Conway Springs: Lawrence Bennett was Main Street mainstay

By Sam Jack

Many Conway Springs residents knew Lawrence Bennett, who died at 94 on June 23. He was a mainstay of Main Street, working there, in one office or another, for 70 straight years.

“He served in the Navy during World War II, got out, and was pretty much on Main Street until he was over 90 years old, either at the bank (First National Bank of Conway Springs, since renamed Conway Bank), or in this insurance agency – until just about four years ago, when he had a stroke,” said son Brad Bennett, who worked alongside his father at the Bennett Agency for 22 years. “He loved Conway, and was involved in about everything you could be involved in in a small town.”

A quote from Thomas Jefferson was read at Lawrence’s funeral: “It is wonderful how much may be done, if we are always doing.” Brad said that epitomized his father, who in addition to long and active involvements in most of Conway Springs’ civic and community groups, was a stalwart supporter of local youth sports and activities, and of his children and grandchildren’s endeavors in particular.

“He went to every high school football game and track event for 70-some years. Probably five or six years ago, the booster club honored him for all his support – over everybody’s memory of their lifetime,” Brad said. “That impacts young people.”

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Lawrence was a patriot, son Bill Bennett said. He was an original crew member on the U.S.S. Midway – a plank owner – and at the time of his service, the Midway was the largest ship in the world.

“He talked a lot about his time on the ship, which had over 4,000 men. It was like a floating city,” Bill said. “About 10 years ago, my youngest son took him out to San Diego, where the Midway has been a museum since 1992. He was the first plank-holder to ever visit since it had become a museum. They rolled out the red carpet, and he really enjoyed himself.”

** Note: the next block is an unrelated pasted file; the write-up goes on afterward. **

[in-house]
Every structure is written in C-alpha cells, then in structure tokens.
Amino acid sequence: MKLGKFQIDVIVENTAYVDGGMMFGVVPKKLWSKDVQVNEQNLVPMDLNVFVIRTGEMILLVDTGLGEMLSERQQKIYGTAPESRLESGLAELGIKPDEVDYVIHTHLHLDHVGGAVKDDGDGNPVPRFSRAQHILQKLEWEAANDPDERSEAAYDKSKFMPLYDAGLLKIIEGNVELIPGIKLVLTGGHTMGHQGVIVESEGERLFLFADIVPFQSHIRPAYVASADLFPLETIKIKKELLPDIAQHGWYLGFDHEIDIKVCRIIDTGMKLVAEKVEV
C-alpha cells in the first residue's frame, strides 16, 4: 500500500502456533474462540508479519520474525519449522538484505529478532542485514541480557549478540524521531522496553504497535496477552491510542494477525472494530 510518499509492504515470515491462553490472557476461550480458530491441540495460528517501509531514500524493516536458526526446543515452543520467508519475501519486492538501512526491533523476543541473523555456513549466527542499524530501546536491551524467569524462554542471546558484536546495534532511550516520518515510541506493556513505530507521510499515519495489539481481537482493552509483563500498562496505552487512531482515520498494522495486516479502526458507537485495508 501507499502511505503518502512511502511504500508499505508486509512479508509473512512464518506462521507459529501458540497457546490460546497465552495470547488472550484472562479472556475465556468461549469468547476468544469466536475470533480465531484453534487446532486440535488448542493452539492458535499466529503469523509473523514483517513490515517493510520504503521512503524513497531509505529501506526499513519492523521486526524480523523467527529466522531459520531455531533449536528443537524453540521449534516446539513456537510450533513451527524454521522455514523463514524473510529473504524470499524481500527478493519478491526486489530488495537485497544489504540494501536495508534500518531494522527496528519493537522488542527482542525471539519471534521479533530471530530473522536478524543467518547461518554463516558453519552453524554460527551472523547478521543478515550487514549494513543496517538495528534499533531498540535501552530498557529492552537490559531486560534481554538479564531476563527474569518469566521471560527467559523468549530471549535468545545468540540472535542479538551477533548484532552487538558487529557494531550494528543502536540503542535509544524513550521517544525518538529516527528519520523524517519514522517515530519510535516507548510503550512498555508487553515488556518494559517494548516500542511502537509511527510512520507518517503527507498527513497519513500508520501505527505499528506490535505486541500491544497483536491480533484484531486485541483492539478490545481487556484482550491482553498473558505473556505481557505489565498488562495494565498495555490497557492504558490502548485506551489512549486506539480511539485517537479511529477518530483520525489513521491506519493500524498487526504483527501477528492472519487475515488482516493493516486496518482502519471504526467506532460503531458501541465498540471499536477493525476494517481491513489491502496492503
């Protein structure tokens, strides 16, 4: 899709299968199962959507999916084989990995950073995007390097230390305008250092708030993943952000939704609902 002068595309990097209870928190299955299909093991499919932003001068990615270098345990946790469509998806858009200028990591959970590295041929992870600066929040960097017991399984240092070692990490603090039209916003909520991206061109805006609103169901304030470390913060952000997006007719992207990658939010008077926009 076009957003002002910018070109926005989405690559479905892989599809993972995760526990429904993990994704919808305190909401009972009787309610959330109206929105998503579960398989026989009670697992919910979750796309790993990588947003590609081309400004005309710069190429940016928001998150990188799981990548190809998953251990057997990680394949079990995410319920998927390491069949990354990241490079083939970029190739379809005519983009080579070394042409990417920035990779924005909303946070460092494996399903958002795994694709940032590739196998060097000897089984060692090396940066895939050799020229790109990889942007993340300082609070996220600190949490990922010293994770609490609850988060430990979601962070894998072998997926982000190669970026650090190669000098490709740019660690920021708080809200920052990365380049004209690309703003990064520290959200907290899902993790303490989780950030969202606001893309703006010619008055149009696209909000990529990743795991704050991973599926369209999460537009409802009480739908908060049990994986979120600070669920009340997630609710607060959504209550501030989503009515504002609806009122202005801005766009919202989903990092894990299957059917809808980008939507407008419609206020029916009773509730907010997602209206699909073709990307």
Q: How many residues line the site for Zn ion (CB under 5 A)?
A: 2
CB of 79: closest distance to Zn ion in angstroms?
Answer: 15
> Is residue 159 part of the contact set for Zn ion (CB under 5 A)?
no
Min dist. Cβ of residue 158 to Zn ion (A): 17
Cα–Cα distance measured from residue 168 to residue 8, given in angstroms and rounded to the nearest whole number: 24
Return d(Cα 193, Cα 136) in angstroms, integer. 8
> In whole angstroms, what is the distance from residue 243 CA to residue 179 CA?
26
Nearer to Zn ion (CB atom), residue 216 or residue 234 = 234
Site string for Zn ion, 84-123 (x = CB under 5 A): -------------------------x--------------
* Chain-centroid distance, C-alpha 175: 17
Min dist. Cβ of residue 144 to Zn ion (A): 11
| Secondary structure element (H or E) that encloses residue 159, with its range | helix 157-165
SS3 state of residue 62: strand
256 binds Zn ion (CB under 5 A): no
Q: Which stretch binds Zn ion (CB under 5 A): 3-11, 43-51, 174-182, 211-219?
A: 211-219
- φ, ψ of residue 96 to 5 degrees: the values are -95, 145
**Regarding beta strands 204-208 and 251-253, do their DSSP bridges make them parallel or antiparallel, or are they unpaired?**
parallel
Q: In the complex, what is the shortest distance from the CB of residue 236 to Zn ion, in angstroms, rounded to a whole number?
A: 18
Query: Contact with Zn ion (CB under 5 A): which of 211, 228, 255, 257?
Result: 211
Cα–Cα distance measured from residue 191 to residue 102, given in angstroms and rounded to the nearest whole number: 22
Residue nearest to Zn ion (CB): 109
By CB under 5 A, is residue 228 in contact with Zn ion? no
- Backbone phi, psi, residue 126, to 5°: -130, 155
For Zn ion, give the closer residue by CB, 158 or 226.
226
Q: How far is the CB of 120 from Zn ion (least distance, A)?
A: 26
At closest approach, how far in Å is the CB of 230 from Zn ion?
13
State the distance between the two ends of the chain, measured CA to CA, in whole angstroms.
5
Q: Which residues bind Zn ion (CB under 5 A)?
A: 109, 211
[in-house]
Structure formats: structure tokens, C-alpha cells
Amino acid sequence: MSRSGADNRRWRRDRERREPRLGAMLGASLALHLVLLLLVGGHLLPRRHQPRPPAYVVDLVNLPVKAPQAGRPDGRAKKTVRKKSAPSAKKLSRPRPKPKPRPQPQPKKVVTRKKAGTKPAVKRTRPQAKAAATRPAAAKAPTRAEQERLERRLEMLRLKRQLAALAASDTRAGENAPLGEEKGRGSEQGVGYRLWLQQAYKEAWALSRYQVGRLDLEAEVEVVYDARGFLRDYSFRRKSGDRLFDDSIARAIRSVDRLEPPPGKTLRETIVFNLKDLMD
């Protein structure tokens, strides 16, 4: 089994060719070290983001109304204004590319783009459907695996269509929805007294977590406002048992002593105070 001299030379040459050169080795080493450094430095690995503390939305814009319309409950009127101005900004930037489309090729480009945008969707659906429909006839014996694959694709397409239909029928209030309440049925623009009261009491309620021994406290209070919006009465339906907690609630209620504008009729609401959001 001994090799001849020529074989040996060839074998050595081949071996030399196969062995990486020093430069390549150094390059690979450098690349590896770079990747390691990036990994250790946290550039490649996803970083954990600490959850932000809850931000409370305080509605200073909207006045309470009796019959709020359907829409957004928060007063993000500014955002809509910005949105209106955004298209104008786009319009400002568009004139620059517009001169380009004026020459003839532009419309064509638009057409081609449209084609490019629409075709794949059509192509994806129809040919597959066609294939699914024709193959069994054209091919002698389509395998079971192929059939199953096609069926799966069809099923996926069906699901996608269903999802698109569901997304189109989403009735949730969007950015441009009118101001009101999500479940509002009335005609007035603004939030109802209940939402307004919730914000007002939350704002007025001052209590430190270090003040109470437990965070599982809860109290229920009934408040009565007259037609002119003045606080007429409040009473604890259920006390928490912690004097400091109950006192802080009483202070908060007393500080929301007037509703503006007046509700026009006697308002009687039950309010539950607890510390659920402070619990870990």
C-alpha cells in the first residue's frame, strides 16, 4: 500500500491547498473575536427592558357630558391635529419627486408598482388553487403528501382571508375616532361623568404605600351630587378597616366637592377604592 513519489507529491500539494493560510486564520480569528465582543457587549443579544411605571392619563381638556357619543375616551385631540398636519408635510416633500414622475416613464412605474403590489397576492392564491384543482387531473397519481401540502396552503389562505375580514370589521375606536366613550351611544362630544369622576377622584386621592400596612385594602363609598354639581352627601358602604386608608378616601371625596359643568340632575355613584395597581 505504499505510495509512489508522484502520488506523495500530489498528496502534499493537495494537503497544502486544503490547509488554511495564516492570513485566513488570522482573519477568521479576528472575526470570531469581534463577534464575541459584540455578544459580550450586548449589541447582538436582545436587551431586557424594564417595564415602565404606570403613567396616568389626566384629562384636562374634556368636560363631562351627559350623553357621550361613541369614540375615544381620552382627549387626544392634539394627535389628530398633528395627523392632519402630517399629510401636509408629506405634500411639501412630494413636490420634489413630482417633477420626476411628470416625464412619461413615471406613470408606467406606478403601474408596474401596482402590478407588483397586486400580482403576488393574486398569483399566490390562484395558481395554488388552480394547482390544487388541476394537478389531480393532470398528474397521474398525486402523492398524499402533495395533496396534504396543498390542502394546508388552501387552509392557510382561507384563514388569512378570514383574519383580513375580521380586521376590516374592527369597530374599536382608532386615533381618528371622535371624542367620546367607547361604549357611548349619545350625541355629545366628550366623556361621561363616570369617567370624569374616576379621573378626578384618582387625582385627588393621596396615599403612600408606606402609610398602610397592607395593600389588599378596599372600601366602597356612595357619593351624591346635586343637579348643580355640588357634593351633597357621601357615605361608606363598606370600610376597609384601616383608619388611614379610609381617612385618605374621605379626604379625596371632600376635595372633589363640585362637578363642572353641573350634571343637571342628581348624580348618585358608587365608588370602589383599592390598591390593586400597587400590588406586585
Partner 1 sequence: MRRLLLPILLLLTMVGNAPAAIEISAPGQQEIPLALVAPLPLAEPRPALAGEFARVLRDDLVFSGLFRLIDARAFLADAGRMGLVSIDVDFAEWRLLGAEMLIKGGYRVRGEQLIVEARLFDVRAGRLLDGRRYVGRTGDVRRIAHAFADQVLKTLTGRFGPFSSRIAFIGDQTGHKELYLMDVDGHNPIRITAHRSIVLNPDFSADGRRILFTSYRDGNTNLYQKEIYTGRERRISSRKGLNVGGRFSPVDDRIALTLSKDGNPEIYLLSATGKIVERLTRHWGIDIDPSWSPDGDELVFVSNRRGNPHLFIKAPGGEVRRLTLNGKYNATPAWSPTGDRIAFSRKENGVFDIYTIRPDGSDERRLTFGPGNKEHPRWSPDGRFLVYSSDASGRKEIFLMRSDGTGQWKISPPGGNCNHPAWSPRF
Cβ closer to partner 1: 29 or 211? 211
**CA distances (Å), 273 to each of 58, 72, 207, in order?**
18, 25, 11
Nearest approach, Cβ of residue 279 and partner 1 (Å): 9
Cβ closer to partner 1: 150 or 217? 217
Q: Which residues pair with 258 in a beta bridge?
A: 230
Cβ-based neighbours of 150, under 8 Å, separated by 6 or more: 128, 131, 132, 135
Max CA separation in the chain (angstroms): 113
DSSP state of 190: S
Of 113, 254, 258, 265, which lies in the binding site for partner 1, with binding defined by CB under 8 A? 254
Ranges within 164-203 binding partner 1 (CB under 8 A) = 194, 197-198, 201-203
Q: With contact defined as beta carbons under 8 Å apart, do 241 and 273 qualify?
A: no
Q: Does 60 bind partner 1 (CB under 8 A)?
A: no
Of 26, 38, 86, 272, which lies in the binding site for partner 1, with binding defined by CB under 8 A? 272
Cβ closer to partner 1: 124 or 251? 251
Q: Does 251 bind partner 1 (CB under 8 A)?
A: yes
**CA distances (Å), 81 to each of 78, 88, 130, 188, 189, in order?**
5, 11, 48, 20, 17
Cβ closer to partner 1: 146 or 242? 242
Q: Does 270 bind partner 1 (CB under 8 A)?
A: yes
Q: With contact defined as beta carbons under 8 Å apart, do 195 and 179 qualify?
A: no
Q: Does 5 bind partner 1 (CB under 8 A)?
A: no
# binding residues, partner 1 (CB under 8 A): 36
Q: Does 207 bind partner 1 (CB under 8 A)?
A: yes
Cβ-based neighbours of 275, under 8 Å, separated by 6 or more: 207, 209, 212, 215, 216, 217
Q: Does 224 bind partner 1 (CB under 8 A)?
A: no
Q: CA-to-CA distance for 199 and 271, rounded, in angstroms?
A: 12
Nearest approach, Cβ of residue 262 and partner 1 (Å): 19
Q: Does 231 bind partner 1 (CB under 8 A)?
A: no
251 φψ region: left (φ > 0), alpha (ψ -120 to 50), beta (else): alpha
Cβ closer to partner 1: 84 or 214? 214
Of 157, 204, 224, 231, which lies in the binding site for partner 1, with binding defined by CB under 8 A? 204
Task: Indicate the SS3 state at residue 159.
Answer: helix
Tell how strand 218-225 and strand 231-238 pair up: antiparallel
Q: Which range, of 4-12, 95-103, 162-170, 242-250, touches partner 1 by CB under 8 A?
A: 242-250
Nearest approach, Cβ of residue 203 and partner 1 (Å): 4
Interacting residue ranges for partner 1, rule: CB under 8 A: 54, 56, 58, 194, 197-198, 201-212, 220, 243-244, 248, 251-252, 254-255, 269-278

Lawrence led Memorial Day ceremonies at the Conway Springs Cemetery for more than 30 years.

Grandson Marc Bennett, Sedgwick County’s District Attorney, said that Lawrence showed what it means to be dedicated to community, and family.

“He and my grandmother (Leila Bennett) came to my daughter’s dance recitals, and we always joked they arrived an hour early, sitting in the front row,” Marc said. “He was just totally invested in his family and all of our activities.”

Lawrence was a skilled musician who learned to sing and play piano by ear.

“He did I don’t know how many funerals and weddings, playing by ear,” Brad said. “That’s where we got our music background from. Then the Bennett Brothers bluegrass group played for 25 to 30 years, and he attended every concert that we did in a three- or four-state area.”

Another lifelong passion of Lawrence’s was baseball.

“He coached, probably, more baseball games than the average person has seen in their life,” Bill said. “He played until he was well into his 20s – probably even 30s – and practically every boy who grew up in Conway Springs over a period of 40 years played on a team that he coached.”

Bill said his father had a strong philosophy and outlook that informed his entire life.

“He never held a grudge. He never looked back,” Bill said. “I think he figured, after the war, everything in life was a bonus. Even in the last few months and weeks of his life, it was never, ‘Woe is me.’ It was just, ‘Look forward to things, and never begrudge anybody.’ He was about the most positive guy I ever knew.”